Few would argue that Wu-Tang Clan's music isn't both classic and iconic, but is it comparable to highbrow fine art? The Staten Island group certainly thinks so.
"We're about to put out a piece of art like nobody else has done in the history of [modern] music before," RZA told Forbes about the group's upcoming Once Upon a Time in Shaolin. "We're making a single-sale collector's item. This is like somebody having the scepter of an Egyptian king."
And, what does that mean, exactly? Well, the plan is not to release the album through normal channels, but instead display it as an exhibit at museums, where fans would pay $30 to $50 to listen. But multiple museums won't be able to carry the exhibit at once: There's only going to be one hard copy of the album, and it will be encased in a container handcrafted by British-Moroccan artist Yahya.
Wu-Tang's aim seems twofold: They're looking to create a listening experience that's memorable and isn't replaced by whatever next week's new releases are, and by pressing a single disc only, they hope to undercut the inevitable leaking of today's music.
Is that even possible? In a current climate where music not only trickles online once it's officially released, but often before it's out, can the Wu set up enough security measures to ensure no breaches? They certainly hope so — but, as Tarik "Cilvaringz" Azzougarh, an associate of the group who helped come up with the idea, acknowledges, "One leak of this thing nullifies the entire concept."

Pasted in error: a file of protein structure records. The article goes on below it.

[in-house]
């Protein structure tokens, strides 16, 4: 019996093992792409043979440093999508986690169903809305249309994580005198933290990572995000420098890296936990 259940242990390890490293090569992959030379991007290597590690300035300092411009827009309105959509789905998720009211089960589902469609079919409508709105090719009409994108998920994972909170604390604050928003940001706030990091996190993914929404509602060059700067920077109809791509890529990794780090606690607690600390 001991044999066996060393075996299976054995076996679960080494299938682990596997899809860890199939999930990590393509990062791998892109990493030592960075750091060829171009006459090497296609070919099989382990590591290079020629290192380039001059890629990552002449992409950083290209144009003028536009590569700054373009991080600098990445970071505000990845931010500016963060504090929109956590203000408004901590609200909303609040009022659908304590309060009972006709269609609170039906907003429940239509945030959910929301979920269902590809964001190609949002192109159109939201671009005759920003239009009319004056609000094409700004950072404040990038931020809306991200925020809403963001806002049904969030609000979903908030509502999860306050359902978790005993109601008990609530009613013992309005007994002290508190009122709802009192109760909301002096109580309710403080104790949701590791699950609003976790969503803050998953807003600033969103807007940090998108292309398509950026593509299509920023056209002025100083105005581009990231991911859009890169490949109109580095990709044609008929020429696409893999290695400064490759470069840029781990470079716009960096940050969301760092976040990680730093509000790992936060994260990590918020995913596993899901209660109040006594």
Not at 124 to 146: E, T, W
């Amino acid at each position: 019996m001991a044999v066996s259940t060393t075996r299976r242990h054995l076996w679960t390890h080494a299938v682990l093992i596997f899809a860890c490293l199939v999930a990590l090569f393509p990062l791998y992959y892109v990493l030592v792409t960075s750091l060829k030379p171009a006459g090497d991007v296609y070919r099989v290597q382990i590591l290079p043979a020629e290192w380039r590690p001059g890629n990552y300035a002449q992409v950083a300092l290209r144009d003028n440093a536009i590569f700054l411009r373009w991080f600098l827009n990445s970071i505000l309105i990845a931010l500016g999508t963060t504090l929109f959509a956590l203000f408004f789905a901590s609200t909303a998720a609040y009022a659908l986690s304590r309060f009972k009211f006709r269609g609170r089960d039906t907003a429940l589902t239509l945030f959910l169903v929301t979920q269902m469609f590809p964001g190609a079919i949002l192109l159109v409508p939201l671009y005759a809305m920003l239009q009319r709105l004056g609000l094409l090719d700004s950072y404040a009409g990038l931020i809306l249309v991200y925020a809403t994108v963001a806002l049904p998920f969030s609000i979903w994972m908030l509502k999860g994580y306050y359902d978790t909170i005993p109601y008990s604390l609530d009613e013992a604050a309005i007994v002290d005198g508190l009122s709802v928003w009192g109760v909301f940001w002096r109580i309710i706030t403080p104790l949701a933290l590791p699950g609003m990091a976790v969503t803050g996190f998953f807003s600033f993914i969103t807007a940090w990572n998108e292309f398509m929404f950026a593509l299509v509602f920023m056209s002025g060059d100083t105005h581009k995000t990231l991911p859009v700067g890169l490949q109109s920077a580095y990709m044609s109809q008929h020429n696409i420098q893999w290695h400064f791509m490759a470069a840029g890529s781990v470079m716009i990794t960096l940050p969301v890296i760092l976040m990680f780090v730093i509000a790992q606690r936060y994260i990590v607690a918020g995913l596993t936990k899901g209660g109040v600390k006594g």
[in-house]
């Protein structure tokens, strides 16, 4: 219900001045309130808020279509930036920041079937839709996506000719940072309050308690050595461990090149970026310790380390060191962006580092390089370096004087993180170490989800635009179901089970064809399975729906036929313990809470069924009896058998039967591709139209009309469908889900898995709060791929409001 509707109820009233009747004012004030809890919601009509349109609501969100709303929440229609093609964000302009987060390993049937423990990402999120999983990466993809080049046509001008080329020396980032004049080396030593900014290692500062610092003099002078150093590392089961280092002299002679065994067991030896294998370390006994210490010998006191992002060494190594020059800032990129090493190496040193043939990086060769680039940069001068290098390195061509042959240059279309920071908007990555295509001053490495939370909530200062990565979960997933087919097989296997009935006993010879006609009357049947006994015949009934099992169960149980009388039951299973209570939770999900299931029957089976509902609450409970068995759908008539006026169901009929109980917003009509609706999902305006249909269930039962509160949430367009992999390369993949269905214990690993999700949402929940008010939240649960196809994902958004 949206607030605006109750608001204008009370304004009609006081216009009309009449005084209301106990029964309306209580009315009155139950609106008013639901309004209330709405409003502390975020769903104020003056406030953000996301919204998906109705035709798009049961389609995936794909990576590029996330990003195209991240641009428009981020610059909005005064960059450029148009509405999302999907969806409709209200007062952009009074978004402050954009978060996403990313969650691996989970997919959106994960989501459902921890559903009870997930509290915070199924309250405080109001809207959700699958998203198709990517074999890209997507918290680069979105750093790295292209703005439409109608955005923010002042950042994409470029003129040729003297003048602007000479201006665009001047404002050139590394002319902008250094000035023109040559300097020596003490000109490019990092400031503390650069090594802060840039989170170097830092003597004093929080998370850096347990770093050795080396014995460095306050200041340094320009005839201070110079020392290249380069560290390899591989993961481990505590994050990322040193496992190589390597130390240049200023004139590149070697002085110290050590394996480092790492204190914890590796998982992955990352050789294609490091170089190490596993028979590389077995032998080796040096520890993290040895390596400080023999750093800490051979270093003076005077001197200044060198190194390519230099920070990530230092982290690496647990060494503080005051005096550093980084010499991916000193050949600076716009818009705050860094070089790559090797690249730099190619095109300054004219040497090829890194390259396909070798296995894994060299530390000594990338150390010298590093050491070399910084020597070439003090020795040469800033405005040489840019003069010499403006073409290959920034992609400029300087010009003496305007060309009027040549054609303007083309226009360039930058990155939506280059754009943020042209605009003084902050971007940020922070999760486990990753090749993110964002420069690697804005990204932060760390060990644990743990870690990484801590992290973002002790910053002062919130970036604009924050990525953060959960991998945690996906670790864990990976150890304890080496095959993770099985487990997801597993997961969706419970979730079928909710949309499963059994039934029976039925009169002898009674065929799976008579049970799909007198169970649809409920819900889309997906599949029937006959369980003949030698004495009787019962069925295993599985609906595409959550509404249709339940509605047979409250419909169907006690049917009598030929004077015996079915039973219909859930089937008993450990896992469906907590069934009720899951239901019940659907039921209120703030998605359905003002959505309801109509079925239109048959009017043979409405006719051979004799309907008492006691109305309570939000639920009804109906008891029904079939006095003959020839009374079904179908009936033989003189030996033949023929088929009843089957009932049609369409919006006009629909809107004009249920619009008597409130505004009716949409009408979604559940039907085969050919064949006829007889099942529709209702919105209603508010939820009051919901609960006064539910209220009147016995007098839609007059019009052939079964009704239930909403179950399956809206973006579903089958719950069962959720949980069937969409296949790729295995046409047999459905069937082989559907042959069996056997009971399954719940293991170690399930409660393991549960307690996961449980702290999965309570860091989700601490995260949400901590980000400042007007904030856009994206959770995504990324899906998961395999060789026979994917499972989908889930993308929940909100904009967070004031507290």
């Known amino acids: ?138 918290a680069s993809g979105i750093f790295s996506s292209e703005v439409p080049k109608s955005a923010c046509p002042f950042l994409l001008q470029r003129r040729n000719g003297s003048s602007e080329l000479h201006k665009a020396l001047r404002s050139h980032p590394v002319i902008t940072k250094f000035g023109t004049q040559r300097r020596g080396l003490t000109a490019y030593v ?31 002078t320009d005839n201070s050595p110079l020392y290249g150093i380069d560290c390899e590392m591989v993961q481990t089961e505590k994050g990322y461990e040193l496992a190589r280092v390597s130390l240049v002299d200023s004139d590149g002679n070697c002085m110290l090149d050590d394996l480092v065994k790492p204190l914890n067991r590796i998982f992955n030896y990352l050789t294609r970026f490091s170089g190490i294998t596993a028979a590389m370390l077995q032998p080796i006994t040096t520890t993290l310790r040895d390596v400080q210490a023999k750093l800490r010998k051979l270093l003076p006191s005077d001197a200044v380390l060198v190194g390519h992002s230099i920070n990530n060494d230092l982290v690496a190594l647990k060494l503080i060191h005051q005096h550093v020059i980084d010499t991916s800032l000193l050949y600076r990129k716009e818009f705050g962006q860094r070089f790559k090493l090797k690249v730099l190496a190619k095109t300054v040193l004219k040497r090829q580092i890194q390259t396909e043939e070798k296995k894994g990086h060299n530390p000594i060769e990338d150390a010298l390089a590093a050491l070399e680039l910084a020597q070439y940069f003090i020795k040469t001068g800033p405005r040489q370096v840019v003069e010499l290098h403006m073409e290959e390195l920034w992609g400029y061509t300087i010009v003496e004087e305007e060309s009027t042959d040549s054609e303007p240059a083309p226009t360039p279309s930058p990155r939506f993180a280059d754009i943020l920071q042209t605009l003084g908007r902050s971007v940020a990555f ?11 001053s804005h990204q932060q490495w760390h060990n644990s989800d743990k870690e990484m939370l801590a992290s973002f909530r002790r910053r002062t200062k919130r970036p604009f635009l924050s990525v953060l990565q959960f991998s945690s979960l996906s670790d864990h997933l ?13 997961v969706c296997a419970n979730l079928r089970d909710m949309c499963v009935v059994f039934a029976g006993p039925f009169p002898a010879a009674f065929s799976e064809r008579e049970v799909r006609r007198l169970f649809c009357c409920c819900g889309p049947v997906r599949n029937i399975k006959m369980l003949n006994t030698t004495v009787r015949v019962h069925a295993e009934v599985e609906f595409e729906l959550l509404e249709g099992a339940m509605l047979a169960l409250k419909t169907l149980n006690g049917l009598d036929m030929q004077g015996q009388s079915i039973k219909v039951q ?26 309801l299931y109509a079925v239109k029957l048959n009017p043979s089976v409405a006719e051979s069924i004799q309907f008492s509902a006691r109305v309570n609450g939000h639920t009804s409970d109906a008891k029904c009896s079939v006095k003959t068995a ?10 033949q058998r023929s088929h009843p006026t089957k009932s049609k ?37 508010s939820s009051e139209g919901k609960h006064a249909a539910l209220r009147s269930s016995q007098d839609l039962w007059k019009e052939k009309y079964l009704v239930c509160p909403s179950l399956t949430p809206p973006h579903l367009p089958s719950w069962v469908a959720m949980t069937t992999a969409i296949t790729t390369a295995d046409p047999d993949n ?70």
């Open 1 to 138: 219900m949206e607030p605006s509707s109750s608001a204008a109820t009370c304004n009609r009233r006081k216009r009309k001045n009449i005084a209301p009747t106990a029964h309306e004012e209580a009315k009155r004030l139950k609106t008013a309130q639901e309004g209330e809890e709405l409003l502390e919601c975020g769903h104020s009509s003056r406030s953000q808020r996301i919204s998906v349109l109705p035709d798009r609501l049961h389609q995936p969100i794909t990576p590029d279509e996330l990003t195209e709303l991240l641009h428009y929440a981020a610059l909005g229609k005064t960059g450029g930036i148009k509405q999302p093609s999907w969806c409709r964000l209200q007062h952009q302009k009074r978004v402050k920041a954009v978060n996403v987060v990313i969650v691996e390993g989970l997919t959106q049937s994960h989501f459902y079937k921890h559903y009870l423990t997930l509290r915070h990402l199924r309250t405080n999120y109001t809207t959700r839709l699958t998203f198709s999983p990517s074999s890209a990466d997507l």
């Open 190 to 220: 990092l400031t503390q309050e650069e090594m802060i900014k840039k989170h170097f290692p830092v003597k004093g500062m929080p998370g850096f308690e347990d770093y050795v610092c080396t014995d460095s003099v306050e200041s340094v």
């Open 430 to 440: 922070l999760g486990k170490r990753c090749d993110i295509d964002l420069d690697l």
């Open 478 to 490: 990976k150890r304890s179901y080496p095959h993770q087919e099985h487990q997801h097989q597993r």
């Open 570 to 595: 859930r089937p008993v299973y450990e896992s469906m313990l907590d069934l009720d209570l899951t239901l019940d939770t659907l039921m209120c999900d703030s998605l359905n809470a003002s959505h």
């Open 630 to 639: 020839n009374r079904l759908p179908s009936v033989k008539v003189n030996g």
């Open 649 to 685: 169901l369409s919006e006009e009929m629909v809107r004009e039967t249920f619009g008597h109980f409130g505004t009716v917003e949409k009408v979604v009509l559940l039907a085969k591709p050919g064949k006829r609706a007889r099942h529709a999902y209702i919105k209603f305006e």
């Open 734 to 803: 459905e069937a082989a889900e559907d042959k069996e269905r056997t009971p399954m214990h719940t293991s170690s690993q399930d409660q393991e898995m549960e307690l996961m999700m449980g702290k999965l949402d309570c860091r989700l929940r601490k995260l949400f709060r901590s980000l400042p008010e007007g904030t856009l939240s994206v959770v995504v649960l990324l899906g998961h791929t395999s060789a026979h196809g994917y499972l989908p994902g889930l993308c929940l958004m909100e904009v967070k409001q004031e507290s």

It's about more than just avoiding a leak, though. "The idea that music is art has been something we advocated for years," RZA said. "And yet it doesn't receive the same treatment as art in the sense of the value of what it is, especially nowadays when it's been devalued and diminished to almost the point that it has to be given away for free."
That won't be the case with this release. Following its museum run, the project will be made available for the right deal — which the crew hopes will be in the millions — to anyone from a wealthy individual to a brand or a record label.
"This particular privatized album, I think — this idea we have — will be something that will go longer than all of us," RZA said.
According to the report, all of Wu's original members, as well as some special guests, will appear on Once Upon a Time in Shoalin. The album is set to have 31 tracks and clock in at longer than two hours, and it comes in addition to, not in lieu of, A Better Tomorrow, which is still due out later this year.